• 12.  How closely does the weight of the coin approximate its original stipulated weight?  Has the coin lost weight from shaving, slinging, or immersion in the sea?
  • 13.  Has the coin been unnecessarily cleaned or polished?  (Cleaning is necessary for silver cobs from sea salvage or land burial, undesirable otherwise.)
  • 14.  Has the coin been holed?  Plugged?  Removed from jewelry?  Mutilated in any other way?  (Holes in silver cobs are frequent, so not as damaging to their value as in the case of machine-made coins, but a cob without a hole is still much preferable to the holed piece.)
  • 15.  What is the overall condition or grade by normal numismatic standards?  (Very few cobs are seen in Uncirculated grade, or even in About Uncirculated.)
  • 16.  Entirely a subjective judgment, how attractive is the overall appearance of the coin (“eye appeal”)?  Does the coin appeal to you?
  • 17.  How many coins of this type—such as mint, assayer, date, specific shipwreck or sea-salvage—have been on the market lately?  (Sometimes a hoard of similar coins is discovered, and what used to be rare can become less rare.)
  • 18.  Are you sure the coin is genuine?  (Its purchase or trade from a cob specialist—be he dealer or advanced collector—is the best guarantee, until you yourself are sufficiently experienced to make the judgment with confidence.)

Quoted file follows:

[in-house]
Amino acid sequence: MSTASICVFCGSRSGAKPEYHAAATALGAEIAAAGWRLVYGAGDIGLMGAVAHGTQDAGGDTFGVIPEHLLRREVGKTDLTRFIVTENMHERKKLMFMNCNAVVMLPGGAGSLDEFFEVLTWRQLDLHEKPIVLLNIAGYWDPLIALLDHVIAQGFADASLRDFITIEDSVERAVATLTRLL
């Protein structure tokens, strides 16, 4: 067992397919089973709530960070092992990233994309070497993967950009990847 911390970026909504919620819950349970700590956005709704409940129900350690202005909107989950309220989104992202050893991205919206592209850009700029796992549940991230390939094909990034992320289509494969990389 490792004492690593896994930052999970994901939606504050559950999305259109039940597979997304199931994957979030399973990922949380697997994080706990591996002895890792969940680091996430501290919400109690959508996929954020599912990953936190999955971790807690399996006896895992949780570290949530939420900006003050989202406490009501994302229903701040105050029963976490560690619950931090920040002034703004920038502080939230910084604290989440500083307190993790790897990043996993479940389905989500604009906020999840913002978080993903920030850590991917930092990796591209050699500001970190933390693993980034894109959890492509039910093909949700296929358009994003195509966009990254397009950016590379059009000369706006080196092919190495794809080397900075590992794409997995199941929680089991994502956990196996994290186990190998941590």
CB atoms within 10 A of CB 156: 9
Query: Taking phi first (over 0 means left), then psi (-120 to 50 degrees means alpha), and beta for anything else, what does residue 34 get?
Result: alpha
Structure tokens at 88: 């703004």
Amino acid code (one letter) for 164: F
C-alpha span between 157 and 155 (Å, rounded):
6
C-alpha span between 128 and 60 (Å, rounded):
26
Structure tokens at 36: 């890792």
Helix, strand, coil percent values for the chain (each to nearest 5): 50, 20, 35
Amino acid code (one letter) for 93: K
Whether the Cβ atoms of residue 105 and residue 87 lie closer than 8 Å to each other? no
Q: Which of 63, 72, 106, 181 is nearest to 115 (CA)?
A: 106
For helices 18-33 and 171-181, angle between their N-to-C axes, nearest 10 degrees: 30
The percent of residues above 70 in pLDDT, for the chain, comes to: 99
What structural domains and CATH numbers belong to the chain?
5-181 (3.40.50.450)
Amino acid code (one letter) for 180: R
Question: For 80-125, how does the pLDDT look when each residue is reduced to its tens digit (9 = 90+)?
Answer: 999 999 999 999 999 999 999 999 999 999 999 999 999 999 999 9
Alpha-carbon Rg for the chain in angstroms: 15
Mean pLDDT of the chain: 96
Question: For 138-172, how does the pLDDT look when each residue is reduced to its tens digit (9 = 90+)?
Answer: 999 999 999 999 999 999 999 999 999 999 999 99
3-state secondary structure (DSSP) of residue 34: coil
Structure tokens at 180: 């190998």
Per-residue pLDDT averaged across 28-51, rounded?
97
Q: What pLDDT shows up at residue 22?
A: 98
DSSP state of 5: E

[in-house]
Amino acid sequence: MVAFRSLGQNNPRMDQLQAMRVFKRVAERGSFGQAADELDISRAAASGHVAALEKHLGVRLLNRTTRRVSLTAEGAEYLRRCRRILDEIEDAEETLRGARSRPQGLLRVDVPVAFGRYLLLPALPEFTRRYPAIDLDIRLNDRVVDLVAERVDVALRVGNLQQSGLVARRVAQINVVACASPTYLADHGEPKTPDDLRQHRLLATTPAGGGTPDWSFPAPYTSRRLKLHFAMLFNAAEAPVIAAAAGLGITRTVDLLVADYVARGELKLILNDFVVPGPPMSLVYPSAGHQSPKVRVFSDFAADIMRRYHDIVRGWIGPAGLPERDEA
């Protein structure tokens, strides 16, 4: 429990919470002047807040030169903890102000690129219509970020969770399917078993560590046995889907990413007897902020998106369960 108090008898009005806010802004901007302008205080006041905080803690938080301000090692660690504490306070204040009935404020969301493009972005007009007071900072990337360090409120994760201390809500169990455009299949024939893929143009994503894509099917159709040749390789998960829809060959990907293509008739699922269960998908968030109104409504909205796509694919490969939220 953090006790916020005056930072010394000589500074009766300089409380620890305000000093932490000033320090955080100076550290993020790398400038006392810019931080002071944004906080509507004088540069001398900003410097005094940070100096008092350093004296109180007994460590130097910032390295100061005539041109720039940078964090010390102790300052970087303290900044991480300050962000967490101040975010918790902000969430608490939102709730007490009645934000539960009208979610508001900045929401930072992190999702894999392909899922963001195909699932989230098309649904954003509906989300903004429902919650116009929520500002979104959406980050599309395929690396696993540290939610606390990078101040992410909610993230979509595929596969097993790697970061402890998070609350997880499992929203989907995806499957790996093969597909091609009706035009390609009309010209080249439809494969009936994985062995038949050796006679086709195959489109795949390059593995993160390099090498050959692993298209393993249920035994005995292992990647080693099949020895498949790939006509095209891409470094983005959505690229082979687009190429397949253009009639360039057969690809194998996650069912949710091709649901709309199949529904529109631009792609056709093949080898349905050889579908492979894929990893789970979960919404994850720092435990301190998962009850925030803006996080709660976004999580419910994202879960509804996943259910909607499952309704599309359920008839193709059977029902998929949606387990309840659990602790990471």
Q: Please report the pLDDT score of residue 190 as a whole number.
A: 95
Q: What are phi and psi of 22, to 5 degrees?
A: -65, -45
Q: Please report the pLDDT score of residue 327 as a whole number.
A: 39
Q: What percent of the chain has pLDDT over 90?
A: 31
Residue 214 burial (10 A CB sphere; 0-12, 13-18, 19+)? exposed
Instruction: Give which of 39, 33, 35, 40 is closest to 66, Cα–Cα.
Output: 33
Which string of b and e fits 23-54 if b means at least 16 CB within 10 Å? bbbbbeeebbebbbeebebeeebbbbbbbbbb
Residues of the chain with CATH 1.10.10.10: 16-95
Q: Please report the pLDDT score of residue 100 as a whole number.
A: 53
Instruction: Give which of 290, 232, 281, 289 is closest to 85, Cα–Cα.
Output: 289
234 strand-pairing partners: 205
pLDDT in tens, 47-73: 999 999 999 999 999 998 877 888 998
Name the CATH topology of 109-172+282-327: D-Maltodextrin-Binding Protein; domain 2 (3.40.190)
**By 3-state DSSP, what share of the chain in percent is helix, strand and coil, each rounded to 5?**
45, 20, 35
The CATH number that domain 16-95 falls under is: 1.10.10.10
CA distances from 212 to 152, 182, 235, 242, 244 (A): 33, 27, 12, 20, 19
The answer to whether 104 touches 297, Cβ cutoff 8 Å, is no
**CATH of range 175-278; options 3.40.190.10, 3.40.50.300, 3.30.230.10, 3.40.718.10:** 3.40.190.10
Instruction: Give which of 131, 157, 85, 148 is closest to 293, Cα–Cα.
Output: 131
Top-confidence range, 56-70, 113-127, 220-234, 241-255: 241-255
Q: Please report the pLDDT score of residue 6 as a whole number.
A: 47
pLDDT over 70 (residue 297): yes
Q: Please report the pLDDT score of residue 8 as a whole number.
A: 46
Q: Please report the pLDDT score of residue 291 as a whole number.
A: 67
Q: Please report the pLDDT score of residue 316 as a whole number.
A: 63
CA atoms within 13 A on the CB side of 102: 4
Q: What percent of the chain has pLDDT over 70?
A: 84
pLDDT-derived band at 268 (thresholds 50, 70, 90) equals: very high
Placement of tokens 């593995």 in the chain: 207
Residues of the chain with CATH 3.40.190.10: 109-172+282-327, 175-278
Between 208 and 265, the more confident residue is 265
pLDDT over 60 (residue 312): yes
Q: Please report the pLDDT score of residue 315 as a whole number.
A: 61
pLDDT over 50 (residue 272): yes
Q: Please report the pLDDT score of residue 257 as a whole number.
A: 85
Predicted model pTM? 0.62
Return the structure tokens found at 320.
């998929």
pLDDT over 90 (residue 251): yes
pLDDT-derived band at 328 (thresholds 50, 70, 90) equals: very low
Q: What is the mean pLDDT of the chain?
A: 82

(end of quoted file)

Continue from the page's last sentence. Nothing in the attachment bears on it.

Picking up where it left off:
The few coins that do not fit into the prevailing price ranges are the particularly awful specimens (greatly underweight, very poor details, badly corroded, or mutilated), which will be lower, and the extraordinarily nice ones (singular detail and beauty), which can be higher.

Like all commodities, the overall foreign or domestic coin market oscillates be­tween strength and weakness at a given time.  This can be affected by general economic conditions (rare coins are purchased with discretionary income), or by fad (silver dollars can be hot one month, commemorative half dollars the next; or British coins are in demand one year, Spanish coins the next), or by a temporary and usually accidental surfeit or shortage of certain types of coins.  For example, in the 1983-85 period a huge hoard of gold cobs of the 1715 fleet appeared on the market and depressed prices.  After the material was absorbed, prices rebounded and today are many times their former levels.  The test of a coin worth holding is the ability of its price to recuperate from any temporary depressant.  Buy the best and the rarest and in the long run you will be safe.

Reproduction of the articles in whole or part is strictly prohibited without written permission of the author/s.

2 Responses to “In Professionals We Trust”

  1. Colin Gullberg February 16, 2015 at 11:47 PM #

    Interesting post. You don’t mention chopmarks. Would you say chopmarks lover the value of most cobs? Most collectors would consider them damage, but not to a collector like me.


    • sedwickcoins February 17, 2015 at 10:51 AM #

      We will certainly talk about Chopmarks on cobs very soon!